It had been 27 years since I last gazed firsthand at the towering sandstone monoliths and ramparts that define our 16th National Park, Zion. Too long. Invited by Dan Hendriksen -- a local semi-professional photographer who primarily shoots large-format (4 x 5) -- to accompany him on his yearly Fall colors trip to canyons and plateaus of the Virgin River, I jumped at the opportunity.
The weather portended to be optimal for touring and hiking (cool mornings, warm afternoons, no rain), if imperfect for shooting (we photographers love glorious, billowy clouds and indirect sunlight!). We arrived Halloween Day, after a seemingly short 4 hour drive from Salt Lake, in the mid-afternoon and immediately headed up Scenic Drive to the end of the road, at the Temple of Sinawava, and the entrance to the famed Narrows of the Virgin River. Our goal was to shoot lots of Fall foliage: the brilliant flame-reds of the slope-side maples and the shimmery, bright yellows of the river bottom cottonwoods. We got half the equation: most of the maples had already dropped their leaves and we were lefty with a smattering of burgundy here and there and many yellow plus green-to-yellow transitional cottonwoods. Dan was severely disappointed and though I knew not exactly what I was missing (I was last here in summer: the height of green), the occasional maple that had not lost all gave me a teasing taste of what it must have been like, several weeks before.
Photographers have no more control over the environment than other mortals, so we adjusted and began shooting the river as it was. The light was leaving the deepening canyon but some nice shots could still be had. With some foresight, I had brought my below-the-knee boots that I use on muddy days out at the Great Salt Lake. Wearing these boots, the water in the river was not so deep that I could not -- with some judicious foot placement -- wade into the river for a few waters' eye view photos.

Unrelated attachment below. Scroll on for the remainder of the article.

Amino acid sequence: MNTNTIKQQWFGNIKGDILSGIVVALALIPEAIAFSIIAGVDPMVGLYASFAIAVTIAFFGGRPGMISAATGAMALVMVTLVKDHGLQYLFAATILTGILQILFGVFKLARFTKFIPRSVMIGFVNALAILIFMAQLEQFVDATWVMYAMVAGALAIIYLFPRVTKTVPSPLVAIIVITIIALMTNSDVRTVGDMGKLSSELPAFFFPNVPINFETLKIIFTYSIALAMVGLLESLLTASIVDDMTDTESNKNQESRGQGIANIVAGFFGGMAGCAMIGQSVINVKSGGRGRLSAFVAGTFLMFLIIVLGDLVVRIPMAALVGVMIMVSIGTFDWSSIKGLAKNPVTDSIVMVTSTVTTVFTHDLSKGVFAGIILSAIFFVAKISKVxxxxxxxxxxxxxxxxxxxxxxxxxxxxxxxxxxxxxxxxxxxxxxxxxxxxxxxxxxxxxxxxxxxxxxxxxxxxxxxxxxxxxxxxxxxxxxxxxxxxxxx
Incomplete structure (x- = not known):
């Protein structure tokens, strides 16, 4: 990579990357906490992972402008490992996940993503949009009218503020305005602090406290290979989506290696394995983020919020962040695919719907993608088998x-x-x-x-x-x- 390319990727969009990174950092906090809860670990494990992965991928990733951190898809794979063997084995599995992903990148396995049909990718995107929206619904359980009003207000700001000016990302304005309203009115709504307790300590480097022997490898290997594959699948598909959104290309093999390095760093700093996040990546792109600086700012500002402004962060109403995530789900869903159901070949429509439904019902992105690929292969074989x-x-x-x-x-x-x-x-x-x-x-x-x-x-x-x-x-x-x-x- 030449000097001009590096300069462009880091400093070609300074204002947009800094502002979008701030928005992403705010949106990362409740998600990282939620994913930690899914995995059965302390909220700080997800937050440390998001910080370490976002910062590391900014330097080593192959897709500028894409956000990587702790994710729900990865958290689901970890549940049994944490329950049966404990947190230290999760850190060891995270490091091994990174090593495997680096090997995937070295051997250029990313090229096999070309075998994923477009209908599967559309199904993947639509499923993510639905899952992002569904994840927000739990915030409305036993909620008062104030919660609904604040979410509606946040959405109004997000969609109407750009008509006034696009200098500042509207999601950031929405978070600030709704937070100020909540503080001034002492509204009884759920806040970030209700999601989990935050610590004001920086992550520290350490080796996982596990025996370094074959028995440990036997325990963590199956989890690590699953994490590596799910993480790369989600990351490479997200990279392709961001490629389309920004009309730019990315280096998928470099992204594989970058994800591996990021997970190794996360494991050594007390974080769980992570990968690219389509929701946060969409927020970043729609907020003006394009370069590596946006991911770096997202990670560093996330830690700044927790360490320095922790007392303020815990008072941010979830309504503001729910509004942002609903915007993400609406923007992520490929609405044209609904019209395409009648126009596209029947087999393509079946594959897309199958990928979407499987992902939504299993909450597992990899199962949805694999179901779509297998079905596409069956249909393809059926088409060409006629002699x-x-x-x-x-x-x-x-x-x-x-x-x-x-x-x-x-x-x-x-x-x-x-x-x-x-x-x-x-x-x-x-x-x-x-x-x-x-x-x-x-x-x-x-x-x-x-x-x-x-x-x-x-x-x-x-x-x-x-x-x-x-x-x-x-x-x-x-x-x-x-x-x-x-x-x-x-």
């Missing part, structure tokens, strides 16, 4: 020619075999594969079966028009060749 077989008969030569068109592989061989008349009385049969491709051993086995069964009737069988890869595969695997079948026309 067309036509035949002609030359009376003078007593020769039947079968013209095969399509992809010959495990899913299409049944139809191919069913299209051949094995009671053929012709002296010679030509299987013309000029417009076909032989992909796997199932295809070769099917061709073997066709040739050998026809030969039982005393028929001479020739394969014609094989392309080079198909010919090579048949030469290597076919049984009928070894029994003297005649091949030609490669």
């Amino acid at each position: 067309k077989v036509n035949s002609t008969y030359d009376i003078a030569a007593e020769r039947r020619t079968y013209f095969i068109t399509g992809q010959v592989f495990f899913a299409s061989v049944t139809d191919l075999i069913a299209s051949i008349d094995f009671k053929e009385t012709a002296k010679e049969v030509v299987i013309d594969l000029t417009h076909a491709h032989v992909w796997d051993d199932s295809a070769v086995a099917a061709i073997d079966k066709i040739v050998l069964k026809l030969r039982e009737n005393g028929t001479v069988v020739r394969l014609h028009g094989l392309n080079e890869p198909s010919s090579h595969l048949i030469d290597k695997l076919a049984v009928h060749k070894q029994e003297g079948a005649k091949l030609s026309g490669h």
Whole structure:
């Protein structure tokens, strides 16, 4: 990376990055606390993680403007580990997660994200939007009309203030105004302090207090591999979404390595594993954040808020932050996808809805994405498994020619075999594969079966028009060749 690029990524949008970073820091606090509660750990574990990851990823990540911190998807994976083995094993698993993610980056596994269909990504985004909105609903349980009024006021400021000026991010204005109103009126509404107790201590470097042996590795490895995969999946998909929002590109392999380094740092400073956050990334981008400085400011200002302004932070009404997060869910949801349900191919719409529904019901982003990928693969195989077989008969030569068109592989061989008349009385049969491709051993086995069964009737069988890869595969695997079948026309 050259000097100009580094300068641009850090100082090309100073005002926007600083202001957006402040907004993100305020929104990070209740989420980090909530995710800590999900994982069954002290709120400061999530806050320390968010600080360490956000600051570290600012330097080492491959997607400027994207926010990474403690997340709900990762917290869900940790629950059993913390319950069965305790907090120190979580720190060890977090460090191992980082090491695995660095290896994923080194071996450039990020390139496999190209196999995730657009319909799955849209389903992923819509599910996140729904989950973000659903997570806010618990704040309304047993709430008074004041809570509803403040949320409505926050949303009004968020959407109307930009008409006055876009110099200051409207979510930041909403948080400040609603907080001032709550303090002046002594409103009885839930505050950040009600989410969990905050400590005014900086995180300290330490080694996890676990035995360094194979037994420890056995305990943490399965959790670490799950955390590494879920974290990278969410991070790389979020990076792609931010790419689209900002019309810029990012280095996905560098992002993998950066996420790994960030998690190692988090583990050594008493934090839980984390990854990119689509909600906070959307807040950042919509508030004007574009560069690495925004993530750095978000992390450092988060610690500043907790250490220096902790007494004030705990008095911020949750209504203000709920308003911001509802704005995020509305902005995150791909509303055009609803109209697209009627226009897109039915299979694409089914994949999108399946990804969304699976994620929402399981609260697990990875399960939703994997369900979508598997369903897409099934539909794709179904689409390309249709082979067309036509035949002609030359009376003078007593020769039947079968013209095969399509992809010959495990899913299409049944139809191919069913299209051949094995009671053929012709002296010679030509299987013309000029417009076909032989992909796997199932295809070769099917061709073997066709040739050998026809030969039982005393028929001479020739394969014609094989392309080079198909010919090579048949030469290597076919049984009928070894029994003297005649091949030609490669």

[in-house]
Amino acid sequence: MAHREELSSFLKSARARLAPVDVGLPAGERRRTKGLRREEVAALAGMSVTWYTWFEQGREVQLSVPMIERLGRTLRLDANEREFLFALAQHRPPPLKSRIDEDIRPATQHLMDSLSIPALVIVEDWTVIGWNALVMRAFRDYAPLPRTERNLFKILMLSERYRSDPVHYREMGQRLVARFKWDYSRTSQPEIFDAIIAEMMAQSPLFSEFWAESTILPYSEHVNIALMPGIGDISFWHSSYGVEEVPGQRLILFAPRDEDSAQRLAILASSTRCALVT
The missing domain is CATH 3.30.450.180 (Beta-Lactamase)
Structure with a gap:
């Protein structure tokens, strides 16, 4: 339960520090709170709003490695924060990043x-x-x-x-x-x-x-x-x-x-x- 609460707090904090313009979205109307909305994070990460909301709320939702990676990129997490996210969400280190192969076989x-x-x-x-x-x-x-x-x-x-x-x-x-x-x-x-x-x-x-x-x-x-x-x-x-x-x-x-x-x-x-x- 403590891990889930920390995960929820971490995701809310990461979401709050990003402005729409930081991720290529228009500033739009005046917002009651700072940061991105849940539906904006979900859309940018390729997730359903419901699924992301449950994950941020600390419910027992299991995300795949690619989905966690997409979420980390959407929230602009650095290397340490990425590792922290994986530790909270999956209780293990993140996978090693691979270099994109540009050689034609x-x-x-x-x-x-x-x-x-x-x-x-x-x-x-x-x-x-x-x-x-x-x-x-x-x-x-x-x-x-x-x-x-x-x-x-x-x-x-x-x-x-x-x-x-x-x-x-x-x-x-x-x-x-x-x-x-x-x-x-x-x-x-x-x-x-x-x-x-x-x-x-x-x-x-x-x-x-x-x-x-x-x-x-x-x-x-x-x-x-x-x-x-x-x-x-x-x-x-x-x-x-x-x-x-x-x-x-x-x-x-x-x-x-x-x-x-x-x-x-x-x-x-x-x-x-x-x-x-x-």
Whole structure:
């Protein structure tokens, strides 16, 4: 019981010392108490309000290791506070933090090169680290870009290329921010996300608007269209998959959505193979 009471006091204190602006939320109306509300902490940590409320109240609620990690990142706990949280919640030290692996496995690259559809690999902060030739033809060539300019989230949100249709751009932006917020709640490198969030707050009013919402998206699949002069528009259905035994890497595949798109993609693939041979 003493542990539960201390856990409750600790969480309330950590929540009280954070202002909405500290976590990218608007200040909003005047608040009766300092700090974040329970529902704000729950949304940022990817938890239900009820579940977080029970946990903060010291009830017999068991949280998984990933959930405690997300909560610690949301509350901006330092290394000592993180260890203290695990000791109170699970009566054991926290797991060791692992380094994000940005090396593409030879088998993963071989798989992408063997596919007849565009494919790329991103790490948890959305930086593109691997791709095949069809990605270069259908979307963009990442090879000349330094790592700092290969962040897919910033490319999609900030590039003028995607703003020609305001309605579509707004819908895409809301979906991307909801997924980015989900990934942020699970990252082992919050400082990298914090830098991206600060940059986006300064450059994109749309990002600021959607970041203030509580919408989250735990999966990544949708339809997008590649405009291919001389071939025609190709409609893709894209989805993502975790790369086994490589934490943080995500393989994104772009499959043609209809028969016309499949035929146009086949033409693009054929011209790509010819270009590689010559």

With the tight canyon coils now in ever-lengthening shadow, Dan decided to take us up the Zion-Mount Carmel highway and into the light of a side ravine off that road and on the way to Checkerboard Mesa. In this cleft we found a small patch of red maples in front of an incredibly glowing, high sandstone wall. The reflected late afternoon sunlight appeared to gave the sheer, brick-red sandstone a warmth from within. Hard to capture with a camera it was a treat nonetheless to gaze at.
Easier to photograph were the few deep pools with the high sandstone buttresses still in the sun, reflecting in the dark pools. Our last photo stop of the day was off the highway and in front of the aforementioned Checkerboard Mesa. We scrambled to catch the dying light AND the rising of the almost-full moon. Though there were no clouds to give us a glorious burst of color, we committed to arriving at this spot again earlier the next night to better prepare and capture the dual beauties of sunset and moonrise.
After checking in at the Best Western Canyonlands (recommended: quiet, convenient and reasonable) and a nice Mexican dinner at Oscar's (also recommended...the flautas were quite tasty) washed down with the local suds (Zion Brewery), we were ready for a night's sleep and an early sunrise at the Towers of the Virgin.